Planning Ahead: The Critical Importance of Early Agreement on the Proportional Scope of Preservation

In M.A. v. Wyndham Hotels & Resorts, Inc., and H.H. v. G6 Hospitality LLC, the United States District Court for the Southern District of Ohio, Eastern Division, rejected plaintiffs’ objections to the Magistrate Judge’s decision excluding certain types of electronically stored information (ESI) from defendants’ duty to preserve. In doing so, the District Court emphasized the fact that the parties had spent a considerable amount of time addressing issues related to ESI and that plaintiffs had consented to the exclusions during a status conference with the Magistrate Judge. In adopting the Magistrate Judge’s recommendation, the District Court based its decision on “guiding principles of proportionality, default standards in other jurisdictions, and current trends in ESI discovery.” Plaintiffs filed related complaints against several hotel locations and parent companies pursuant to the Trafficking Victims Protection Reauthorization Act (TVPRA). In April 2019, plaintiffs sent letters to defendants reminding them of their duty to preserve potentially discoverable ESI. A number of discovery disputes ensued related to proposed confidentiality and ESI orders. While this decision also addresses issues related to confidentiality, the primary focus of this post is the dispute regarding defendants’ obligation to preserve certain types of ESI. In particular, plaintiffs objected to an oral decision rendered by the Magistrate Judge finding that defendants were not obligated to preserve:...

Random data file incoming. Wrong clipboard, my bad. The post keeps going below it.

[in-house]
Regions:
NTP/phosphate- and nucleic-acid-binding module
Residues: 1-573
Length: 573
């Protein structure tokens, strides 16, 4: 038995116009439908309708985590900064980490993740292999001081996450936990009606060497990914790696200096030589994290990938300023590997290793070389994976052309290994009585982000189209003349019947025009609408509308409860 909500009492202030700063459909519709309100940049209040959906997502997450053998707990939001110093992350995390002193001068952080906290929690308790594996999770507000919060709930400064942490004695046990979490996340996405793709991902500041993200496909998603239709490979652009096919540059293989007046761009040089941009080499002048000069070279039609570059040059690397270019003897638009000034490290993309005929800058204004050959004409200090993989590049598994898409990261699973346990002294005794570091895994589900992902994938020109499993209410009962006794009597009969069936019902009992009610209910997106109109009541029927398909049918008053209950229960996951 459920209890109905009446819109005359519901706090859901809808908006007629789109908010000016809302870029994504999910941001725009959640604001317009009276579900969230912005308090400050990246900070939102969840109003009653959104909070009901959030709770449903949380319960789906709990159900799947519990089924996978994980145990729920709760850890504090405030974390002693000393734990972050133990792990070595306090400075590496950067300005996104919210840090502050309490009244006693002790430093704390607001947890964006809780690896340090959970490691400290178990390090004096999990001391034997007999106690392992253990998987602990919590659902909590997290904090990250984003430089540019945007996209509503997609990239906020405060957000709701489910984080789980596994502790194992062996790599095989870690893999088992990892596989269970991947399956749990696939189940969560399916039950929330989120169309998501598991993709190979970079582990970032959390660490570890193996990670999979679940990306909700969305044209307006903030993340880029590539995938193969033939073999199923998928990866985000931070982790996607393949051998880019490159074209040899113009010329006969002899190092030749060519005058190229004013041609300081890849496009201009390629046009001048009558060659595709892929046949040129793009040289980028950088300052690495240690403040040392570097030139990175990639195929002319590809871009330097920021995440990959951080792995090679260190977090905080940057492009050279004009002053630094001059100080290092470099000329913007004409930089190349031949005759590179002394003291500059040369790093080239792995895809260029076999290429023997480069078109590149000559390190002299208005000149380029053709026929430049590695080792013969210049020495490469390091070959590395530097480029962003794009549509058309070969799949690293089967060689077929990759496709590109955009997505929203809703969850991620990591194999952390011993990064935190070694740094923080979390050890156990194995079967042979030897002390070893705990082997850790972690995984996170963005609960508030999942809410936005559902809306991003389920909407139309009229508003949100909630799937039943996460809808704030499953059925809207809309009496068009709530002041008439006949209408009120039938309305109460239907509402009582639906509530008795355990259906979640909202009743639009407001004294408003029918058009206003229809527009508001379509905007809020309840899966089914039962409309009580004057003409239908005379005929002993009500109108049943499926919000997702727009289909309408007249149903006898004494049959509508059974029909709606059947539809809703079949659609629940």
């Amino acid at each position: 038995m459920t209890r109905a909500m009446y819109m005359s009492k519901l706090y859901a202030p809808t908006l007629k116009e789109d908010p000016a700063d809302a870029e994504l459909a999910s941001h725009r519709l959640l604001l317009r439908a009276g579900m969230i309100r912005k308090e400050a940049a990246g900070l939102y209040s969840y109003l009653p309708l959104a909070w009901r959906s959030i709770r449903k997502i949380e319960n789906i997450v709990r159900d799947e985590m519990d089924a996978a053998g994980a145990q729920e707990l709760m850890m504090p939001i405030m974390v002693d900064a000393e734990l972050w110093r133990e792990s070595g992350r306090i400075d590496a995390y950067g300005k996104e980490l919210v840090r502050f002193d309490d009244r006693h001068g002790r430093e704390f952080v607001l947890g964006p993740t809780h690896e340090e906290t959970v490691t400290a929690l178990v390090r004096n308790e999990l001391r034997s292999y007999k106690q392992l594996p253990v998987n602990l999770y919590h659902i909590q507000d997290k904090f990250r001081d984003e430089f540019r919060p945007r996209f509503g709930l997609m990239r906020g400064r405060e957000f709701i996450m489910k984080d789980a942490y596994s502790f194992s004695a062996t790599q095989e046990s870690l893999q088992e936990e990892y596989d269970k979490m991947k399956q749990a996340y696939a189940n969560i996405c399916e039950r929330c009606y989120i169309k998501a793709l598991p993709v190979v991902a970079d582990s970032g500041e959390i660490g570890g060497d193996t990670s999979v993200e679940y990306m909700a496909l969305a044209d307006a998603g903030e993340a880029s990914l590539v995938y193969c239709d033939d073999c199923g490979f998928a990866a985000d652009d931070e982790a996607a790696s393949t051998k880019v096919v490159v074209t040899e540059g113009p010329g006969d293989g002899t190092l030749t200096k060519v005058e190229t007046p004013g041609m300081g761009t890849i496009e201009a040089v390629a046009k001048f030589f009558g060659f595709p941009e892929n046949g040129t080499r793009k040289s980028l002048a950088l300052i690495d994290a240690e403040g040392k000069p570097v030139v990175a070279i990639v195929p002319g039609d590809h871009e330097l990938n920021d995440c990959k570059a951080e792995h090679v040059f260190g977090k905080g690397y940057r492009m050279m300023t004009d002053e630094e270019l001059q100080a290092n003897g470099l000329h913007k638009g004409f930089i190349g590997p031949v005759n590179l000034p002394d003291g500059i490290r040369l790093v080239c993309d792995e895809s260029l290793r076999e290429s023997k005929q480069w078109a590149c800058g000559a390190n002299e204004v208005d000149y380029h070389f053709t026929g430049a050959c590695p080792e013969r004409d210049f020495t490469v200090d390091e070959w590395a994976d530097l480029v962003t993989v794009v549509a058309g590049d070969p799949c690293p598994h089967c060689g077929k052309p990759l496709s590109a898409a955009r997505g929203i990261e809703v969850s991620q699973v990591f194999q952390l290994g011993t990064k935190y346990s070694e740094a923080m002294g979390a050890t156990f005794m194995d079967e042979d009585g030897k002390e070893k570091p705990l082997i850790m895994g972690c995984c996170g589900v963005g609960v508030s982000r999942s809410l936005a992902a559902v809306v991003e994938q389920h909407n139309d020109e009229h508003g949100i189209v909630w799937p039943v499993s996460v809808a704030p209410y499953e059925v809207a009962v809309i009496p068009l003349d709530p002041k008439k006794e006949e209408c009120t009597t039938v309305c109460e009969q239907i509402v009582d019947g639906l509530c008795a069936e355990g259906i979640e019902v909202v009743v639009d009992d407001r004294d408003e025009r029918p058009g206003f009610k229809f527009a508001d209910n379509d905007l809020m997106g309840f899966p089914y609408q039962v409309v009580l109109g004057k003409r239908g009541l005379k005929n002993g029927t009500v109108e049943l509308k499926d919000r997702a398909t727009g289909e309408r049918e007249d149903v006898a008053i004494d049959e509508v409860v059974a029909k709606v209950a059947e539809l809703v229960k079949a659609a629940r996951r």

District Court Denies Protective Order in Putative Class Action: Production of Relevant ESI May Be Time Consuming and Expensive, But Not Unduly Burdensome

The District Court for the Eastern District of California recently denied a defendant’s motion for a protective order in a putative class action, finding that the information requested by plaintiff was relevant and subject to pre-certification discovery, and that defendant did not show that the electronically stored information (ESI) was inaccessible due to undue burden or cost, pursuant to Rule 26(b)(2)(C). Additionally, the court determined that even if defendant could show that the ESI was “inaccessible,” plaintiff demonstrated “good cause” to order production of the ESI notwithstanding the potential burden and cost. In Sung Gon Kang v. Credit Bureau Connection Inc., plaintiff, a consumer, filed a putative class action alleging that defendant provided businesses with inaccurate consumer credit information, including that plaintiff and the proposed class of consumers were included on the United States Treasury Department’s Office of Foreign Assets Control (OFAC) list. A consumer is ineligible for credit in the United States if he or she is included on the list. Plaintiff sought to “represent classes consisting of individuals ‘about whom Defendant … sold a consumer report to a third party’ that included an OFAC Hit.” The discovery dispute centered on defendant’s objections to plaintiff’s first set of written discovery requests. Specifically, defendant objected to requests seeking the identities of individuals who had an...